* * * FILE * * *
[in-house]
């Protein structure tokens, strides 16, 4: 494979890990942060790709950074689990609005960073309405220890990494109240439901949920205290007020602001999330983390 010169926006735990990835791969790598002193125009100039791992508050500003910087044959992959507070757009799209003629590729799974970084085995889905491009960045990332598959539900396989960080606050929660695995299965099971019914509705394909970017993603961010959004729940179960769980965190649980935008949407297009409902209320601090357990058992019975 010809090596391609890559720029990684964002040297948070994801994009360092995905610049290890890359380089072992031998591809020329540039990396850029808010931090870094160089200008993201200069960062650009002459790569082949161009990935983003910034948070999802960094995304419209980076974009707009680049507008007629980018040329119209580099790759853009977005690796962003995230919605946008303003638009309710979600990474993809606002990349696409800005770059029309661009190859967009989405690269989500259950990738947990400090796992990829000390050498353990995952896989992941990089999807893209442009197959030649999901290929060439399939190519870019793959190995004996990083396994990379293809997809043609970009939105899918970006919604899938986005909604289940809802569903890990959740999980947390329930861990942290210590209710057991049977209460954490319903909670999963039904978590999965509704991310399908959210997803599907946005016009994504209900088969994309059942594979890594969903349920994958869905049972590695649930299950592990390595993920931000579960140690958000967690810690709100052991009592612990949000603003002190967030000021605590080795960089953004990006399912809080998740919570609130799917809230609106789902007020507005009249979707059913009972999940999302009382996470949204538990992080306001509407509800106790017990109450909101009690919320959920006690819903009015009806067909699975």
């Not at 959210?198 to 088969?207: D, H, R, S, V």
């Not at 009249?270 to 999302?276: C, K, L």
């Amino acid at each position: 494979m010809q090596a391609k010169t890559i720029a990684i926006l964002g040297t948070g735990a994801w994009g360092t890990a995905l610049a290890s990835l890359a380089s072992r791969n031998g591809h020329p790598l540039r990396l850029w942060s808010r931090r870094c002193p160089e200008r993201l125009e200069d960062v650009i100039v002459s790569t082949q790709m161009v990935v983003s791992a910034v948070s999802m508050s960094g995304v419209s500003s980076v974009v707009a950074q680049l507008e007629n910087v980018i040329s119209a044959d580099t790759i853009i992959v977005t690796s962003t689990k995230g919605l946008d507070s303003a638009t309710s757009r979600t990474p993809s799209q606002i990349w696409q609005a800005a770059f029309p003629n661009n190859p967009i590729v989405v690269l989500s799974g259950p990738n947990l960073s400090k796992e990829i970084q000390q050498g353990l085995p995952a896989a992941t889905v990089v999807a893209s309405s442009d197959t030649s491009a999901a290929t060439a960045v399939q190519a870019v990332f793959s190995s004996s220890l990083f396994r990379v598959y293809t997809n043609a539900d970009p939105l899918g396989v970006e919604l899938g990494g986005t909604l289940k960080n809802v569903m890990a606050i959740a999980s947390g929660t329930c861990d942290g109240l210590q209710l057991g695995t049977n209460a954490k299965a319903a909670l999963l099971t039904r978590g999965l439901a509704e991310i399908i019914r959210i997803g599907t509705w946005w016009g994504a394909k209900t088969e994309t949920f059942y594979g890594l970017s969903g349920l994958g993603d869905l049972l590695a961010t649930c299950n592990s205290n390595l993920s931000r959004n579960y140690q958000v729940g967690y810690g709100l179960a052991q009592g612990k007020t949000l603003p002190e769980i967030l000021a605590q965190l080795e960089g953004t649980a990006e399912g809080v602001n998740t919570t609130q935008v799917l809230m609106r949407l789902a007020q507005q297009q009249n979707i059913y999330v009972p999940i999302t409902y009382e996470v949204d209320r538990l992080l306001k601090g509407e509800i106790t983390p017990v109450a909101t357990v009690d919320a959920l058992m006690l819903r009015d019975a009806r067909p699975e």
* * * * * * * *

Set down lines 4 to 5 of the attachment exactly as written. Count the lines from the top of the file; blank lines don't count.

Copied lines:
């Not at 009249?270 to 999302?276: C, K, L």
């Amino acid at each position: 494979m010809q090596a391609k010169t890559i720029a990684i926006l964002g040297t948070g735990a994801w994009g360092t890990a995905l610049a290890s990835l890359a380089s072992r791969n031998g591809h020329p790598l540039r990396l850029w942060s808010r931090r870094c002193p160089e200008r993201l125009e200069d960062v650009i100039v002459s790569t082949q790709m161009v990935v983003s791992a910034v948070s999802m508050s960094g995304v419209s500003s980076v974009v707009a950074q680049l507008e007629n910087v980018i040329s119209a044959d580099t790759i853009i992959v977005t690796s962003t689990k995230g919605l946008d507070s303003a638009t309710s757009r979600t990474p993809s799209q606002i990349w696409q609005a800005a770059f029309p003629n661009n190859p967009i590729v989405v690269l989500s799974g259950p990738n947990l960073s400090k796992e990829i970084q000390q050498g353990l085995p995952a896989a992941t889905v990089v999807a893209s309405s442009d197959t030649s491009a999901a290929t060439a960045v399939q190519a870019v990332f793959s190995s004996s220890l990083f396994r990379v598959y293809t997809n043609a539900d970009p939105l899918g396989v970006e919604l899938g990494g986005t909604l289940k960080n809802v569903m890990a606050i959740a999980s947390g929660t329930c861990d942290g109240l210590q209710l057991g695995t049977n209460a954490k299965a319903a909670l999963l099971t039904r978590g999965l439901a509704e991310i399908i019914r959210i997803g599907t509705w946005w016009g994504a394909k209900t088969e994309t949920f059942y594979g890594l970017s969903g349920l994958g993603d869905l049972l590695a961010t649930c299950n592990s205290n390595l993920s931000r959004n579960y140690q958000v729940g967690y810690g709100l179960a052991q009592g612990k007020t949000l603003p002190e769980i967030l000021a605590q965190l080795e960089g953004t649980a990006e399912g809080v602001n998740t919570t609130q935008v799917l809230m609106r949407l789902a007020q507005q297009q009249n979707i059913y999330v009972p999940i999302t409902y009382e996470v949204d209320r538990l992080l306001k601090g509407e509800i106790t983390p017990v109450a909101t357990v009690d919320a959920l058992m006690l819903r009015d019975a009806r067909p699975e």